Babe Ruth golfed here: Tale of days when The Great Bambino played golf at Lake Worth
Editor’s Note: Joe Capozzi, a veteran baseball writer formerly with the Palm Beach Post, is a contributor to @ManOn2nd. You can follow Joe’s work at his own site: ByJoeCapozzi.com
By Joe Capozzi Special to @ManOn2nd
THE GREAT BABE RUTH, hands on waist, his commanding physique dwarfing three companions, gazes out from a faded black-and-white photograph on a wall at the Lake Worth Beach Golf Club.
Mounted behind racks of golf jerseys, shoes and sun hats, the old photo has been a fixture inside the pro shop for years, often overlooked by patrons eager to tee off.
But for many longtime residents, it has been a portrait of local pride: There’s Babe Ruth, the home-run slugging New York Yankees baseball icon, about to tee off in Lake Worth!
At least, that’s what everyone thought.
Many pro shop employees and patrons admit they don’t really know much about the Bambino golfing in Lake Worth or about the undated photo, which for years was displayed in its own frame before being added to a collage of vintage golf photos.
They only know what has been repeated through the years — that Ruth, arguably the biggest celebrity of his era, hit the scenic Lake Worth links along the Intracoastal Waterway some time after the course opened in 1926.
The photo in the pro shop is also on display in the Lake Worth Historical Museum and has been published over the decades in local newspapers, books, magazines and online golf websites — all with cutlines matter-of-factly describing Ruth at the Lake Worth Golf Club.
But research by the Historical Society of Palm Beach County and the National Baseball Hall of Fame and Museum tells a different story, one that places the photo not in Lake Worth but somewhere else.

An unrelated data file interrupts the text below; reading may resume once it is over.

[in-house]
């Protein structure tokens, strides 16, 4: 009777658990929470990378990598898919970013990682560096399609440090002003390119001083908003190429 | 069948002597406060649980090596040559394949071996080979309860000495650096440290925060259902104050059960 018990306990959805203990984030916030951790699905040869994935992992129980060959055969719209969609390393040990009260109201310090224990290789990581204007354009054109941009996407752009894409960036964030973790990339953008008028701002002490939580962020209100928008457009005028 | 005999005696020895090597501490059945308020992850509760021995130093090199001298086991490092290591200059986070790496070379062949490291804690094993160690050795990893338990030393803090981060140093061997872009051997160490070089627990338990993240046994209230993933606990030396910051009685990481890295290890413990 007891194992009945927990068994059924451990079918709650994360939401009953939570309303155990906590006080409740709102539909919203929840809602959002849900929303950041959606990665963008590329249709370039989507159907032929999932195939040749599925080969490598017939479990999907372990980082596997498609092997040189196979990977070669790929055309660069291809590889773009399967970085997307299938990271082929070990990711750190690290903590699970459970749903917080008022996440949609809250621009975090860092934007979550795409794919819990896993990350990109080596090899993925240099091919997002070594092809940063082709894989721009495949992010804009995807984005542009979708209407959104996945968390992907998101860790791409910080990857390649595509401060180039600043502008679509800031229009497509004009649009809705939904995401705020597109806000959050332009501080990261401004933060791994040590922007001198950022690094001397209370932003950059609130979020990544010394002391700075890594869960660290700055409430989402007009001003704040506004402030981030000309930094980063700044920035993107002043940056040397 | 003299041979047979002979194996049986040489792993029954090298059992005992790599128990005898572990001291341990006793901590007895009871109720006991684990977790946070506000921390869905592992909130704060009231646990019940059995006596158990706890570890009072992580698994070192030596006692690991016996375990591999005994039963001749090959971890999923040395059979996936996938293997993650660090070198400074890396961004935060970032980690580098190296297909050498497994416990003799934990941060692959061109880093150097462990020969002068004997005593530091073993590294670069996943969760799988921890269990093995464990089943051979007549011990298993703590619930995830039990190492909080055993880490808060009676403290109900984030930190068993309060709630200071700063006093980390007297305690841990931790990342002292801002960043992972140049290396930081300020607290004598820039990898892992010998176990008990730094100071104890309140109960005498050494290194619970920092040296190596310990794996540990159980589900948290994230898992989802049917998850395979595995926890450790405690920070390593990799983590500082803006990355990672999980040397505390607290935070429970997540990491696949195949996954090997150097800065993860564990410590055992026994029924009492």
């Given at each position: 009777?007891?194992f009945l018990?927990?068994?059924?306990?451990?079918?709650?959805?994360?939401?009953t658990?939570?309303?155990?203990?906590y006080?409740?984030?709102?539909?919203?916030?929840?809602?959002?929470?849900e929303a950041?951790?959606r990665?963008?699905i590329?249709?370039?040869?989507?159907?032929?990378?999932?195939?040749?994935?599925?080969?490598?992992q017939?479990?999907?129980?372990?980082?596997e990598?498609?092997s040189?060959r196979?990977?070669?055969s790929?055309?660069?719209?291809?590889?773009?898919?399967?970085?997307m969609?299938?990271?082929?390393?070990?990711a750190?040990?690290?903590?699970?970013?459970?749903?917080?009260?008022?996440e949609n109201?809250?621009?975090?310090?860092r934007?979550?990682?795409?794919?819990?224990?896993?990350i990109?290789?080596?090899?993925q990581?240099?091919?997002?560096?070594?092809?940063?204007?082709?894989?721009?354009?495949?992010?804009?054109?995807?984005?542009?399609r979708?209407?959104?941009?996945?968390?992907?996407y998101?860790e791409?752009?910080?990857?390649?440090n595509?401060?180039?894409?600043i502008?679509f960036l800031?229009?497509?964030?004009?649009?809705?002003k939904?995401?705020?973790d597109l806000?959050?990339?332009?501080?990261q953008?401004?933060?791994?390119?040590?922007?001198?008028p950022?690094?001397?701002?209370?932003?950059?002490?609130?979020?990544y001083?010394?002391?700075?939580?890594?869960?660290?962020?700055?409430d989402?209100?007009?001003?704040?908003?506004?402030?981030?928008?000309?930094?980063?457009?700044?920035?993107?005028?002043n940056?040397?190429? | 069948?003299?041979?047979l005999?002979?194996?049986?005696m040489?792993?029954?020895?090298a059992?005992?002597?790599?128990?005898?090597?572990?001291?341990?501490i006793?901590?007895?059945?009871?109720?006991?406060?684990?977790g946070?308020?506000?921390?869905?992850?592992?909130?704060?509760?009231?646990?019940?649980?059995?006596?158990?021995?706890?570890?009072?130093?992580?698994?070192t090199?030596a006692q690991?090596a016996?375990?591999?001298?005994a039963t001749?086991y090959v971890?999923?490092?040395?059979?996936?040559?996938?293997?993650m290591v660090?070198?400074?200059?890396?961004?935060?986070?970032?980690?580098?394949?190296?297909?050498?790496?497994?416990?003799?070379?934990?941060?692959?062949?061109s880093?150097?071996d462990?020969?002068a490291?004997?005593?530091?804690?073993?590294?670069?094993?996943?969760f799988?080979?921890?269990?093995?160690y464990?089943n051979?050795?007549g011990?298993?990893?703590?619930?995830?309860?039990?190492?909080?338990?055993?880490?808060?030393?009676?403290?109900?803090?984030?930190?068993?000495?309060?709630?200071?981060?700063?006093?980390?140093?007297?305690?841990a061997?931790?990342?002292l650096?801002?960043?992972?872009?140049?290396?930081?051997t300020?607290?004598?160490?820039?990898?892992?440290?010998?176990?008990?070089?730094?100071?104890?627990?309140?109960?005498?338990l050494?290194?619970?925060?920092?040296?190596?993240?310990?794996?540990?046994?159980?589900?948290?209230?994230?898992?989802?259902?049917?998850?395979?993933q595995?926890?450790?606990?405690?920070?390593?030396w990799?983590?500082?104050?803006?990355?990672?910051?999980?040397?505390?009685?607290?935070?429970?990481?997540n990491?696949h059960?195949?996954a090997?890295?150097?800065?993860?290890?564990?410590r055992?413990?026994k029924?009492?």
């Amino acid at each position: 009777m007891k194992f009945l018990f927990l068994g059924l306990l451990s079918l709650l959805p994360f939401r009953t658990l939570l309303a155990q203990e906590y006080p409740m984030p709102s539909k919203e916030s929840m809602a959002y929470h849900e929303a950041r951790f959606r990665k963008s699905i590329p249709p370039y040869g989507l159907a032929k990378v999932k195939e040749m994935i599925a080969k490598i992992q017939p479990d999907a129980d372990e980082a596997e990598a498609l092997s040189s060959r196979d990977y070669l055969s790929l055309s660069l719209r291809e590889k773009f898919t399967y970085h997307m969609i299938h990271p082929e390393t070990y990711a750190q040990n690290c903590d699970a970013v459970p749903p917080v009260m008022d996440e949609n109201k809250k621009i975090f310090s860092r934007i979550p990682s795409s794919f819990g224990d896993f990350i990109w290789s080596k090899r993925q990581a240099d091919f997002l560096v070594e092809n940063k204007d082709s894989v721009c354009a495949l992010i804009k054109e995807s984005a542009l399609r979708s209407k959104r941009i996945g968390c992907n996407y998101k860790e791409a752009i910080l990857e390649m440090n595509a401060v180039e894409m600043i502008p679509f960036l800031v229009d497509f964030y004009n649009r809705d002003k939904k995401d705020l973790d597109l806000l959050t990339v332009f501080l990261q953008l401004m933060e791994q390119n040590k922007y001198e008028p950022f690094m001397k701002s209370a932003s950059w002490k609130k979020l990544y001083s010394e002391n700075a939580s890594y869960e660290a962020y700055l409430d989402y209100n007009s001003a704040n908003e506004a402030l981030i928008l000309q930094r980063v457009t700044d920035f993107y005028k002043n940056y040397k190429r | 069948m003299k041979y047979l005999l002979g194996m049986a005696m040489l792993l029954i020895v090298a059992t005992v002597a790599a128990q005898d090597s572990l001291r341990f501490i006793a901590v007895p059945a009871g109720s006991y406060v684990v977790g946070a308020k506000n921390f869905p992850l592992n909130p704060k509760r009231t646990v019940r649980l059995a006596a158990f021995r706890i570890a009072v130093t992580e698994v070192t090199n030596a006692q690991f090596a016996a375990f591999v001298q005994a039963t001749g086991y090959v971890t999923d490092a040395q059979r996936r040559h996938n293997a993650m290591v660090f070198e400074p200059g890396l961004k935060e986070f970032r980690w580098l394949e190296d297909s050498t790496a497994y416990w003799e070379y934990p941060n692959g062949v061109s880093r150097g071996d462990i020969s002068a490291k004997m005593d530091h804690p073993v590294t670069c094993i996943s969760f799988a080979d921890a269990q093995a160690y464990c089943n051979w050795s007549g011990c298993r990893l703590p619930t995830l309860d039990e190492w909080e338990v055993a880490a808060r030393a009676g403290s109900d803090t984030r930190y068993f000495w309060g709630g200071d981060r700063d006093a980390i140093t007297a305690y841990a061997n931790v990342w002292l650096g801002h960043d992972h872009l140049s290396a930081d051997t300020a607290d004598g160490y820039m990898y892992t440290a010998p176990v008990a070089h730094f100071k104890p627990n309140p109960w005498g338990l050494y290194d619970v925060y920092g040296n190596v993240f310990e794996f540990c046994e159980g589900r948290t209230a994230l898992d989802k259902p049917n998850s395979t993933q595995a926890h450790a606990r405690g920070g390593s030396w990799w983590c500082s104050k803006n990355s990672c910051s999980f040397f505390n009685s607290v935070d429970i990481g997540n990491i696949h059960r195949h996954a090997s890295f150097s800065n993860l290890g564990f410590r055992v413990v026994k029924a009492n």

That story would lead to a new mission — solving the mystery of whether the great Bambino, who loved hitting golf balls as much as he did baseballs, ever teed off in Lake Worth.
Cracking the case would be none other than Babe Ruth.
But not the Babe Ruth you think.
I SET OUT TO write a story about the photo in the pro shop. What year was it taken? Who are the other guys in the image? And what was Ruth doing in Lake Worth when his team held spring training on the other side of the state in St. Petersburg?
No one at the Lake Worth Golf Club had any idea, aside from pointing out that the course’s comfortable breezes from the Intracoastal Waterway, offering relief from the Florida heat, have always attracted golfers.
So I reached out to Debi Murray, chief curator at the Historical Society of Palm Beach County, who I’ve known for years going back to my days as a Palm Beach Post reporter. If anyone could nail down details about the Babe Ruth photo, it would be Murray.
What she did was deliver a big curveball.
“I don’t know if I am going to burst your bubble about Lake Worth,’’ she wrote in an email to me.
Included in her email were three undated photographs identified in society archives as the West Palm Beach Country Club, which was located on Belvedere Road west of what is now Palm Beach International Airport. (The course was bulldozed after World War II to make way for the airport and re-opened in 1947 at its present location next to Forest Hill High School.)
The first photo is the same one in the pro shop.
The second photo shows West Palm Beach Mayor Vincent Oaksmith, who served two terms, from 1928-29 and from 1943-44, accepting the deed to the West Palm Beach Country Club, according to historical society records.
“Please notice the building in the background,’’ Murray said in the email.
The facade of the clubhouse in that second photo has the same features — from the roof to the screened porch and doors to the slanted walkway — as the clubhouse in the purported Ruth-in-Lake Worth photo.
The third photo was an aerial shot of the West Palm course, showing the same facade and walkway that appear in the other two photos.
The society has no photographs or records of Ruth golfing at Lake Worth Golf Club, which opened as a nine-hole course on Nov. 11, 1926, and was expanded to 18 holes in 1948 (the year Ruth died).
But maybe some other museum does.
THE BABE RUTH MUSEUM in Baltimore, where the slugger was born, was up next in my lineup of contacts. I shared Murray’s research with curator Michael Gibbons, who said the museum had no records or photos of Ruth hitting the links in Lake Worth.
Gibbons forwarded my request to a few heavy-hitter baseball historians who might have evidence.
While I waited for a response, I also shared the society’s research with some longtime residents of Lake Worth Beach. (In 2019, voters changed the city’s name from Lake Worth to Lake Worth Beach.)